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202 Late news,

372
148

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Observer answered,

113 Hillyar, captain, correspondence with Captain
Patrons of the Examiner,

368
Porter,

158
President's message,
329 Hindman, J. report,

188
Prospects,
65. 132 History of the Examiner,

1
Republicanism,

392 Holland constitution, 215. 231. 247.262. 280
Risum teneatis,
519 Holmes' letter to Croghan,

277
Saratoga Journal,
201 Hull, general, to the people,

30
Simmons's removal,

- 135-
State of parties,

369

I
Treaties,

185
Impressments, British pamphlet,

415
Election, general canvass,

75
Instructions to our ministers,

402
Frie, fort, battle of,
277 Intercourse with the enemy,

251
Essex frigate,
127. 153 Jackson, general, letter,

S96
British account,
303 Jones, governor's message,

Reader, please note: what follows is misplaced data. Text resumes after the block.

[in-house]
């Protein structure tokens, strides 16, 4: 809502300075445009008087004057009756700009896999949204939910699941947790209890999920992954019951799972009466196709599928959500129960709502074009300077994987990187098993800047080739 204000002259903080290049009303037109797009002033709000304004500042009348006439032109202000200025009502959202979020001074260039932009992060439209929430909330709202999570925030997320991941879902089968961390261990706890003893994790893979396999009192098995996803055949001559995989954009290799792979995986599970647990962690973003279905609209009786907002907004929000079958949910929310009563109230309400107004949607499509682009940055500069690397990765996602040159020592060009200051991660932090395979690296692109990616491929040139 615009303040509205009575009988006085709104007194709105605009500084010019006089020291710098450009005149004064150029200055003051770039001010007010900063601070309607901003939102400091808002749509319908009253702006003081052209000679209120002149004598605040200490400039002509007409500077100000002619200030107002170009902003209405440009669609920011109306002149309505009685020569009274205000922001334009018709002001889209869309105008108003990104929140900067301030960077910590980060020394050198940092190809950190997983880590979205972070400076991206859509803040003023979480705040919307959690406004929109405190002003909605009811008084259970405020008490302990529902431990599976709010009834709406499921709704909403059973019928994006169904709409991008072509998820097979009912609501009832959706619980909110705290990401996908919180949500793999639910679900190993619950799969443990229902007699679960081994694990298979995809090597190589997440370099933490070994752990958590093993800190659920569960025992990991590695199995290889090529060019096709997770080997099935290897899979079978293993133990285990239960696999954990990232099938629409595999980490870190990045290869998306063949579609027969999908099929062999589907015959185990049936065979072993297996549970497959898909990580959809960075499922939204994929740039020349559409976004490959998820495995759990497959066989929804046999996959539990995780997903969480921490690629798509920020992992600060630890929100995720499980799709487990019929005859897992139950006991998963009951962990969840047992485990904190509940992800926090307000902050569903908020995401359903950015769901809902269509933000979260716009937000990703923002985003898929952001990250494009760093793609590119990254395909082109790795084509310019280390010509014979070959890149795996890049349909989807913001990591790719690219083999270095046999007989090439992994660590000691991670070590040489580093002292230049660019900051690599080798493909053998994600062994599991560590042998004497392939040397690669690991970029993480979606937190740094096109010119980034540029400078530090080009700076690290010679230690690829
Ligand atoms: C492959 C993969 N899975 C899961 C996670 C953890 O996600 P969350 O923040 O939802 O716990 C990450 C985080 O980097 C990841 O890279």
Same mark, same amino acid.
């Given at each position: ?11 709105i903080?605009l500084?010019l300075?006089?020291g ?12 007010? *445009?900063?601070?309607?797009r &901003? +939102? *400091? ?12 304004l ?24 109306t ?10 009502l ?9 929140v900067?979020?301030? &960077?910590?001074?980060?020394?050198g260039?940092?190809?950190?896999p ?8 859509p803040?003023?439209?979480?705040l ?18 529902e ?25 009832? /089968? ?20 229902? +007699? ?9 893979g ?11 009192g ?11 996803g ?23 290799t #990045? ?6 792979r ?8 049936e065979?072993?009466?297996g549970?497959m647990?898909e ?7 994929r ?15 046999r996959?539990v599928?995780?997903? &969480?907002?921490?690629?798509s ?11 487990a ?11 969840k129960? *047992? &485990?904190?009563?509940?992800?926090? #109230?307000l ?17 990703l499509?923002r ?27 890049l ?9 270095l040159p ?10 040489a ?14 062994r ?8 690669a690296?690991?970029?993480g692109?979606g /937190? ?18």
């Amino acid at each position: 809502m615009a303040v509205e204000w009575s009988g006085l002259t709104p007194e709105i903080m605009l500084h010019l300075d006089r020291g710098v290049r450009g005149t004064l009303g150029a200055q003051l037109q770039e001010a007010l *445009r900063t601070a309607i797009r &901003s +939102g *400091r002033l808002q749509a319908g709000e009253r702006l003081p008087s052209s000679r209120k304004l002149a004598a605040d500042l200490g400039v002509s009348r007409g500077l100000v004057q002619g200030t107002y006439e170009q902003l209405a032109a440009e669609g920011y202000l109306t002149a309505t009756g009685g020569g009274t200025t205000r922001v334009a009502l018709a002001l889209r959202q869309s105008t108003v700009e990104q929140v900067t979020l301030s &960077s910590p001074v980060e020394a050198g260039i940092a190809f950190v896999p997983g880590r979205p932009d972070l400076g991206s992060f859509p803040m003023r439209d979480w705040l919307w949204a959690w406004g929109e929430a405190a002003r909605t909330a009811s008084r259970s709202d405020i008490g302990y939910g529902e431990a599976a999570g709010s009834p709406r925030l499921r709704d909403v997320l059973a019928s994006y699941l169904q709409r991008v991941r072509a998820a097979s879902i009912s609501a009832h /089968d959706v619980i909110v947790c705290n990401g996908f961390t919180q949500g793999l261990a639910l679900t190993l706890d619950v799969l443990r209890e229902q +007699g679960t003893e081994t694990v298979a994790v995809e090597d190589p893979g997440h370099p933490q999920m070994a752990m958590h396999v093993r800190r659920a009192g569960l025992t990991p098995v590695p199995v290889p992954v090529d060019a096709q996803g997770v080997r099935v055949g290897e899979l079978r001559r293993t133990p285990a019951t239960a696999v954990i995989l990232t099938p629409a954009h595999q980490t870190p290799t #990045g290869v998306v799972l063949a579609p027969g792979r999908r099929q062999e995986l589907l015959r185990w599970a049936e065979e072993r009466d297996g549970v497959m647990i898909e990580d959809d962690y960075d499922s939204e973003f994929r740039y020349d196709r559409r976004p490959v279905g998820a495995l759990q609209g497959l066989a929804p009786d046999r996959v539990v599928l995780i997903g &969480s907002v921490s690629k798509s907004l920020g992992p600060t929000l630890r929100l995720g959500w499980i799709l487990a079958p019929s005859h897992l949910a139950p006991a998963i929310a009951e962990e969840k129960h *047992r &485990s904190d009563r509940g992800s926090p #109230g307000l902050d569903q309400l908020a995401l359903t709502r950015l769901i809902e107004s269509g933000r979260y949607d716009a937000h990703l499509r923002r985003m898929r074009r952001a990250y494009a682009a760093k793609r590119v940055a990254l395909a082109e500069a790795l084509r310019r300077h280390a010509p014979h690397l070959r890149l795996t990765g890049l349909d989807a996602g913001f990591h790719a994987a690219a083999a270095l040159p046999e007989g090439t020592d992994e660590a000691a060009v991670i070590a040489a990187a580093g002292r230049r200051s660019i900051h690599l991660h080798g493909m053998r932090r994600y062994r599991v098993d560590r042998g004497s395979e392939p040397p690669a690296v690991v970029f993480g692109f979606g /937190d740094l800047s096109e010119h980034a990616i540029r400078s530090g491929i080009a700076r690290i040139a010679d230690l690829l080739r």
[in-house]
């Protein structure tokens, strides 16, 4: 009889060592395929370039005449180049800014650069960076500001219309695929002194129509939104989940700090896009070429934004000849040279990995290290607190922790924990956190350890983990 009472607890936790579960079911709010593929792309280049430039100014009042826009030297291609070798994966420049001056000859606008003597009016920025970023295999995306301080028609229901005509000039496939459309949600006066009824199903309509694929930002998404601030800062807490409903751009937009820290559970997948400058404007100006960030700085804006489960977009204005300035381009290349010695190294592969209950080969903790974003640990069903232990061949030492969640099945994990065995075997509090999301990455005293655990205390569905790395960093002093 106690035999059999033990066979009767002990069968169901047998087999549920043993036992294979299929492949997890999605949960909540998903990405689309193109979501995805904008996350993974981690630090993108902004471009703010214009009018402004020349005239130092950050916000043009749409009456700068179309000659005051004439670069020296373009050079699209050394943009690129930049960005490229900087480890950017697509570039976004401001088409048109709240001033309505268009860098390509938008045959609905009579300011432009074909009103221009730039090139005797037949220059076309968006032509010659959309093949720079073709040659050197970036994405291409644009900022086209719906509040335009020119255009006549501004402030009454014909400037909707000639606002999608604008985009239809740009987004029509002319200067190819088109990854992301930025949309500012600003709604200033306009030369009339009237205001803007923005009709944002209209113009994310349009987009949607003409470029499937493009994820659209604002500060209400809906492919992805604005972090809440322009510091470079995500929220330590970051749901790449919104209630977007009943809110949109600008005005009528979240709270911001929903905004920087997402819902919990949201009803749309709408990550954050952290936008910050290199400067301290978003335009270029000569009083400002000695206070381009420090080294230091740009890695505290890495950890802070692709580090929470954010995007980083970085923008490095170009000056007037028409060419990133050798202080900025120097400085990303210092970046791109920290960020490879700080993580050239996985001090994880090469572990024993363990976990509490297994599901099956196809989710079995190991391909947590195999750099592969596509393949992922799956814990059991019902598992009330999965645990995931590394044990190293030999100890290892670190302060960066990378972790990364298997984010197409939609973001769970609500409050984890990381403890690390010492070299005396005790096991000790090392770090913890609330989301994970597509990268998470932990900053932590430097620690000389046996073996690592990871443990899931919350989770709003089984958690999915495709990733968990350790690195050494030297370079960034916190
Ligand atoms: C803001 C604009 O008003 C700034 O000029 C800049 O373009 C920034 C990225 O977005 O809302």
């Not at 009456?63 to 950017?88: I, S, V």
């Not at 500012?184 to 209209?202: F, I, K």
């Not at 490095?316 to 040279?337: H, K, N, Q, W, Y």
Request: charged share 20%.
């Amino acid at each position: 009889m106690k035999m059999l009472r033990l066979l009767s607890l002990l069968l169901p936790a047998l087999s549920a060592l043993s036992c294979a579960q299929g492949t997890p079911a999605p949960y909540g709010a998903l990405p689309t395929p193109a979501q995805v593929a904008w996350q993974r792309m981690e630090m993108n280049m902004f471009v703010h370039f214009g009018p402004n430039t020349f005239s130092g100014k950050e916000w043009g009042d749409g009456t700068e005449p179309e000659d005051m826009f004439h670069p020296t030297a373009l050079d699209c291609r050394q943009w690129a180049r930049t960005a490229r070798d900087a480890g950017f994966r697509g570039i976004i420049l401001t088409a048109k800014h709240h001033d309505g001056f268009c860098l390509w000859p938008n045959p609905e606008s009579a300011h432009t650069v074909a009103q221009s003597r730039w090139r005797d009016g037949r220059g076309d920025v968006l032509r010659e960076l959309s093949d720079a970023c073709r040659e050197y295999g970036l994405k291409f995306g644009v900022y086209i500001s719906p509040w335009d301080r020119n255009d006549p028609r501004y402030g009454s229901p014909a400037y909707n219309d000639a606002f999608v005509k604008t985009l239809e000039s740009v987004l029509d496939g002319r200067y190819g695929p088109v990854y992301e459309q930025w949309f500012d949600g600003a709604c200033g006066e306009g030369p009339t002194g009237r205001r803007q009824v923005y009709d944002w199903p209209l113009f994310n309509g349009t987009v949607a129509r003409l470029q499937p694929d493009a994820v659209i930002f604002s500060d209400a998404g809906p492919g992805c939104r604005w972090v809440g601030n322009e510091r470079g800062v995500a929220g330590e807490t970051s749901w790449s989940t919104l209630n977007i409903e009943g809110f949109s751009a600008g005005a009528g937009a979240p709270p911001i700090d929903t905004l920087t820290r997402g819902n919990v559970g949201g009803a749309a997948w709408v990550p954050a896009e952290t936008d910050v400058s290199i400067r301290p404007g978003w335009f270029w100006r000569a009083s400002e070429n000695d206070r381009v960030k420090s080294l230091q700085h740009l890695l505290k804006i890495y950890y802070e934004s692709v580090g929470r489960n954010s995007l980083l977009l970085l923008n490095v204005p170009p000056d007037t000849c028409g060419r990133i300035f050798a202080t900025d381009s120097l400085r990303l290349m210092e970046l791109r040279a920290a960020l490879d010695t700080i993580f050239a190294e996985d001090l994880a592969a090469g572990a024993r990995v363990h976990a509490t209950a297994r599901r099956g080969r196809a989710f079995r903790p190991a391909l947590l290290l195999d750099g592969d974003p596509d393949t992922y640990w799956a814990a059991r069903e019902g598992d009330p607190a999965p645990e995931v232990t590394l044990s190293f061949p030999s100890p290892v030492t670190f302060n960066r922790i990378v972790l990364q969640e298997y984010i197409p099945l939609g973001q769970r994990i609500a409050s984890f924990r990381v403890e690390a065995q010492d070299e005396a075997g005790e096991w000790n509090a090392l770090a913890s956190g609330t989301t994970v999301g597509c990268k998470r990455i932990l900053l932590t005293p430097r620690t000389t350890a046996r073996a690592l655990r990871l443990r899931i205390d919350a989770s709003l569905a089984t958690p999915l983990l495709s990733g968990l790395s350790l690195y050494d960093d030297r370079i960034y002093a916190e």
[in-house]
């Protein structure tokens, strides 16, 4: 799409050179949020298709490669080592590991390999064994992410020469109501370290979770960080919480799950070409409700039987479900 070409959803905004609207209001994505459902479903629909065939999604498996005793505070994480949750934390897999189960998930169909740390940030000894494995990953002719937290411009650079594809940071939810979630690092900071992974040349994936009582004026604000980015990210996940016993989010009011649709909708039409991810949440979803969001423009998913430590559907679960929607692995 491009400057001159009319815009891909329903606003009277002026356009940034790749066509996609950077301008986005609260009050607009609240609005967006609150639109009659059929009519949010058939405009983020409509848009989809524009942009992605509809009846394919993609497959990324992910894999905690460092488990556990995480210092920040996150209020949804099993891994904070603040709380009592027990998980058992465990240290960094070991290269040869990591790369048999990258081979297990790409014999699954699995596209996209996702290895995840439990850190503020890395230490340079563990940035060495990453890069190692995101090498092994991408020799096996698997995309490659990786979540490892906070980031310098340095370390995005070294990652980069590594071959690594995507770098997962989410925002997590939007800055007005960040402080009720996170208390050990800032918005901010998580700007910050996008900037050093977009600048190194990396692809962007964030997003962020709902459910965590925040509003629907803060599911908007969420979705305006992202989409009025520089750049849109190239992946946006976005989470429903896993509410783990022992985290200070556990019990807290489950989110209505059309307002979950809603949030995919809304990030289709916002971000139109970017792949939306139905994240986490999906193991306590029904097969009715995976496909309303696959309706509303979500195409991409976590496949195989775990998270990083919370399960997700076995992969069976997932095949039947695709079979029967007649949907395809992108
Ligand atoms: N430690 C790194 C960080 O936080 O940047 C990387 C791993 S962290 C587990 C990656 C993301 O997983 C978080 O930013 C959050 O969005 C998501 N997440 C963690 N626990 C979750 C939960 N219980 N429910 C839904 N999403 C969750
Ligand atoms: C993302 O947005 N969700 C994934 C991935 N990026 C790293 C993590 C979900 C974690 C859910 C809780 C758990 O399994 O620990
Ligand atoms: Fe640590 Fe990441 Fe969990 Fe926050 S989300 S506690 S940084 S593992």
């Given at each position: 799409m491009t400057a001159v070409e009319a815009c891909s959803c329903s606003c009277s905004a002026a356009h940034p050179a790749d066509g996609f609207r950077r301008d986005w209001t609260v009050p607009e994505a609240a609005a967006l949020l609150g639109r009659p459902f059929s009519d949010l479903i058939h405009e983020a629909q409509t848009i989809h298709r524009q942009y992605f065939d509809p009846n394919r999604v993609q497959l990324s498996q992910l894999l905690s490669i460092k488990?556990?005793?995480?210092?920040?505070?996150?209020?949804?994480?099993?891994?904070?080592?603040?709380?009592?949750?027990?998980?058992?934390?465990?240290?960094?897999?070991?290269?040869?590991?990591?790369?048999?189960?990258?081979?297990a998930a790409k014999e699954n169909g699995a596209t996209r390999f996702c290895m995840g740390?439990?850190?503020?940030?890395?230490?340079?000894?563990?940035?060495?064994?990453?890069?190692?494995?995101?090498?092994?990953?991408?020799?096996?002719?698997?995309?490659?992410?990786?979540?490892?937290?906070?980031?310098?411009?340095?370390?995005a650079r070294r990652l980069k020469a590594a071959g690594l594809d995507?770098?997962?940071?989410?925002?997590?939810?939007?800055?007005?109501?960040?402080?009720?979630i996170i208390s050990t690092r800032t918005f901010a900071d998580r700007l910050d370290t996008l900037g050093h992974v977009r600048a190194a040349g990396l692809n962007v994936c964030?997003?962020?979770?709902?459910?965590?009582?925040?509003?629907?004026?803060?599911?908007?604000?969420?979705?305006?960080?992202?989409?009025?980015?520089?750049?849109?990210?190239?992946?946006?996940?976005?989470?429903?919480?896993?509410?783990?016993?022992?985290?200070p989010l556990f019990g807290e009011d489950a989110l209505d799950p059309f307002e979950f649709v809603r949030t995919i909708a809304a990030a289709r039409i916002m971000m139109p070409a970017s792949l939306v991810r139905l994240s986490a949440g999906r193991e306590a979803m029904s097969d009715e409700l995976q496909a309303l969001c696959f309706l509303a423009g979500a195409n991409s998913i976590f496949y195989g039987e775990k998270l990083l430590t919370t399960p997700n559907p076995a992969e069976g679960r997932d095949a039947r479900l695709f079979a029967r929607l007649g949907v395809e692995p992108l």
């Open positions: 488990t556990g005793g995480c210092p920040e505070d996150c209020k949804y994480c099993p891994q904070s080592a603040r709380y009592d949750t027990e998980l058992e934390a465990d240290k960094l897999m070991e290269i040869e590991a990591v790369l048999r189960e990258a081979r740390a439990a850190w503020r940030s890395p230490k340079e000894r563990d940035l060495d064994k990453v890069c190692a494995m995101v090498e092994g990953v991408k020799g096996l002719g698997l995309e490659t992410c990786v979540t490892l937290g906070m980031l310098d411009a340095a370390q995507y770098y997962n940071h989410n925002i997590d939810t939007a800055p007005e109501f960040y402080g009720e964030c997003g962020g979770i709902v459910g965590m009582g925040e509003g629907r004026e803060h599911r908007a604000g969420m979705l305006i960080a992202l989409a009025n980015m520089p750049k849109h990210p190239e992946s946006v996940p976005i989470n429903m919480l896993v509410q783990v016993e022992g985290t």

107
EXTRACTS.
Albany Gazette,

S11

L
Register,

5:17
Baltimore American,
139 Laurence, major, letter,

896
Telegraph,
138 Letter from Paris,

S05
Boston Daily Advertiser,
77. 106. 139 London Pilot,

148
Gazette,

812
Times,

149
Chateaubriand,

89
Morning Chronicle,

ib.
Cobbett,
108. 121 Louisiana, governor's proclamation,

46
Columbian,

306. 818 Luyonada to the British minister,
Connecticut Courant,

79
remarks,

345

M
Evening Post,

63. 118. 211. 372
Federal Republican,

854
68. 312

Macomb's, general, letter,
Halifax Recorder,

orders,

566
London Pilot
Madison's Island,

142
Times,
149 Mayor's charge,

266
Morning Chronicle,
ib. Massachusetts, governor's, message,

370
Mediateur,

86

committee report, 373
Mercantile Advertiser,

22